New Mexico's auditor accused Ray Schultz, Albuquerque's ex-police chief, of violating state law by brokering a lucrative contract to outfit city police with body cameras while serving as a consultant for the maker of the devices, Taser International, the Wall Street Journal reports. Auditor Tim Keller found that Schultz had improperly pushed for a $1.95 million, no-bid contract between the city and Taser in 2013 to purchase body cameras and other equipment. Schultz had taken a consulting job with Taser that began several months before he retired from the police department last year—at the same time that he was working to help procure the body camera contract, according to the audit.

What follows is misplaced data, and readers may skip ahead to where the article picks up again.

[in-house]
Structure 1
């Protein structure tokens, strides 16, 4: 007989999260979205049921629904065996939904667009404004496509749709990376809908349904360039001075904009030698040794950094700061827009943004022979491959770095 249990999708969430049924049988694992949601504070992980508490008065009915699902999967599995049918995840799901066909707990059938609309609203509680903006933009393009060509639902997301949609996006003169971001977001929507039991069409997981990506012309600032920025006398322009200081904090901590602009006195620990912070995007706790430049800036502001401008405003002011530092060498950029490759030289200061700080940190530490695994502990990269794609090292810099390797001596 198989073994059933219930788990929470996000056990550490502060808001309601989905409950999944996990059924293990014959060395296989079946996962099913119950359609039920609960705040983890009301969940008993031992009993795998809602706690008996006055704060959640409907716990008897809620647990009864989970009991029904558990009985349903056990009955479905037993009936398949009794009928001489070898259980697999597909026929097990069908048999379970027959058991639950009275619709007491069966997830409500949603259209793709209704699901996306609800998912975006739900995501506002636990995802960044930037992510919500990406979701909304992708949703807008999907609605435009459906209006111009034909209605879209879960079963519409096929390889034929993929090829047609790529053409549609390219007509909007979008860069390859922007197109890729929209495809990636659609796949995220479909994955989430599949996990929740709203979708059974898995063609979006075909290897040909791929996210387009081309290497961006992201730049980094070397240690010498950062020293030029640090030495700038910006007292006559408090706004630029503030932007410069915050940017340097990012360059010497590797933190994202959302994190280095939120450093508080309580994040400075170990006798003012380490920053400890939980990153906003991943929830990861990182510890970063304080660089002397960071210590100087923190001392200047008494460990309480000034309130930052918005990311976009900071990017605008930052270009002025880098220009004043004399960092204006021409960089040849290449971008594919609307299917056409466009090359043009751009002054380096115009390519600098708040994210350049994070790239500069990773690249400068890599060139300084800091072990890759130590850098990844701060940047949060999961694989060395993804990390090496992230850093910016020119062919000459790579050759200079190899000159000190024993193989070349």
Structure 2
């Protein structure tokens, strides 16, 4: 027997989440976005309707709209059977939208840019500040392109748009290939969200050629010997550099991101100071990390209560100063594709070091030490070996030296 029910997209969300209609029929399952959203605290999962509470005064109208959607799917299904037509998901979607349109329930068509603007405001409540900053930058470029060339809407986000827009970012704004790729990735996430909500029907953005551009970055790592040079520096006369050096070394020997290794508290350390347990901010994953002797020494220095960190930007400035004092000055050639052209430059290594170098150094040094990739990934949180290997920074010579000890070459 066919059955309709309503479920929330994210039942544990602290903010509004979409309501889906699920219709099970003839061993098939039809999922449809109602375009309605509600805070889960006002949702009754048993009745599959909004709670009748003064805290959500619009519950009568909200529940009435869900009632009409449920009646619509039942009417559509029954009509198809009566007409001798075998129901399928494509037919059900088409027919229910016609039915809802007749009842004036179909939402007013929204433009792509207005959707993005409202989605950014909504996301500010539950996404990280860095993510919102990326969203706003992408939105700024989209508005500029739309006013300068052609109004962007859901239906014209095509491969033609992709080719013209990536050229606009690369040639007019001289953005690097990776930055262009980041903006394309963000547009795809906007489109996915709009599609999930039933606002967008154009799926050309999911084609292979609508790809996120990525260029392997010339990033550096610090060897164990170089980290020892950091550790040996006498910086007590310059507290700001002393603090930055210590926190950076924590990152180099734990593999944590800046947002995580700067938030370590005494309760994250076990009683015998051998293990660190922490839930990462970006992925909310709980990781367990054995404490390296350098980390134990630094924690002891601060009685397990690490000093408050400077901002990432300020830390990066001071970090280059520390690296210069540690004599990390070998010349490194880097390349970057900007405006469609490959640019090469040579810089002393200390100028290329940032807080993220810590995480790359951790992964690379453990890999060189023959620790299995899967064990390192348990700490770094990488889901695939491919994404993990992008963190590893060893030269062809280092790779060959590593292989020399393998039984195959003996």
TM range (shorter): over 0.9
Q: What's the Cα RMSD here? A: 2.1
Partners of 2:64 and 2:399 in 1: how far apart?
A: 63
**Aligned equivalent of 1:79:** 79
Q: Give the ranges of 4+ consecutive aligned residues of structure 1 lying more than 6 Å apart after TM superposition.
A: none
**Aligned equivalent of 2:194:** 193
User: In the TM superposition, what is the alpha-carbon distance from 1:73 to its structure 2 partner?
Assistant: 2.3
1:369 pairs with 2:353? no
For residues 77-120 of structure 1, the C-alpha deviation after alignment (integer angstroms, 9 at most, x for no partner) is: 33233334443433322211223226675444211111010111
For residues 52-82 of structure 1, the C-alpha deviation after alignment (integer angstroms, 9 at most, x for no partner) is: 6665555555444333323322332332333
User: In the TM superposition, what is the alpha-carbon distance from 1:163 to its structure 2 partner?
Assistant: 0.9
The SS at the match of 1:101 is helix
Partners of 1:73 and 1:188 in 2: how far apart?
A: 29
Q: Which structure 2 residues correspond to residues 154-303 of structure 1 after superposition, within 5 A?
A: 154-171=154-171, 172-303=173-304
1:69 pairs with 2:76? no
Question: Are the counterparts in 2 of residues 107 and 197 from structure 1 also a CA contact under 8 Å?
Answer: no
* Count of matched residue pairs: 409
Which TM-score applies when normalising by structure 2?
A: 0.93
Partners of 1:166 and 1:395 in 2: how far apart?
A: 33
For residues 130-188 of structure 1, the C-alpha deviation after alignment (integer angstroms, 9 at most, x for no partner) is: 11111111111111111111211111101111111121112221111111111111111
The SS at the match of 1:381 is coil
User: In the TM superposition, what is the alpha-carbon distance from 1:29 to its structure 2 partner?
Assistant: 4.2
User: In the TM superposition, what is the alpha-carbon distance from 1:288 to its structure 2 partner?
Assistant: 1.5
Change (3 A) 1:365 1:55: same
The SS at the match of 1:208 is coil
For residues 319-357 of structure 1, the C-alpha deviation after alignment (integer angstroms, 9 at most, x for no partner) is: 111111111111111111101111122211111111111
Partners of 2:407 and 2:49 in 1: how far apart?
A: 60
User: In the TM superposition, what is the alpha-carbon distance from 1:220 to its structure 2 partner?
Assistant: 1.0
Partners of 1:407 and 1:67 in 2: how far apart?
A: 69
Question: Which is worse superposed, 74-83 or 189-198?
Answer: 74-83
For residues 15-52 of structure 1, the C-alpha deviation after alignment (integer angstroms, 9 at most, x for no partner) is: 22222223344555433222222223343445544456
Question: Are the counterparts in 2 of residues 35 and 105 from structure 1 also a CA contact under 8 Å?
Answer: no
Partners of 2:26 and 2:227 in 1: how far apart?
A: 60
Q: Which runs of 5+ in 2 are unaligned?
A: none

The report said that during the contract negotiations in 2013, Schultz wrote an email to a Taser representative assuring the company that “everything has been greased so it should go without any issues.” Keller referred the case to state and local prosecutors, saying, “We've got a clear situation where the chief of police of our state's largest police department was in clear violation of numerous ethics codes for procurements. What is most disappointing is that we have a person in a position of power who felt he was above the law and brazenly so.” Schultz now is assistant chief in Memorial Villages, TX. His attorney said he didn’t violate any law. Taser said it was immediately implementing a one year “cool-off period” for consulting jobs with any former law-enforcement officials.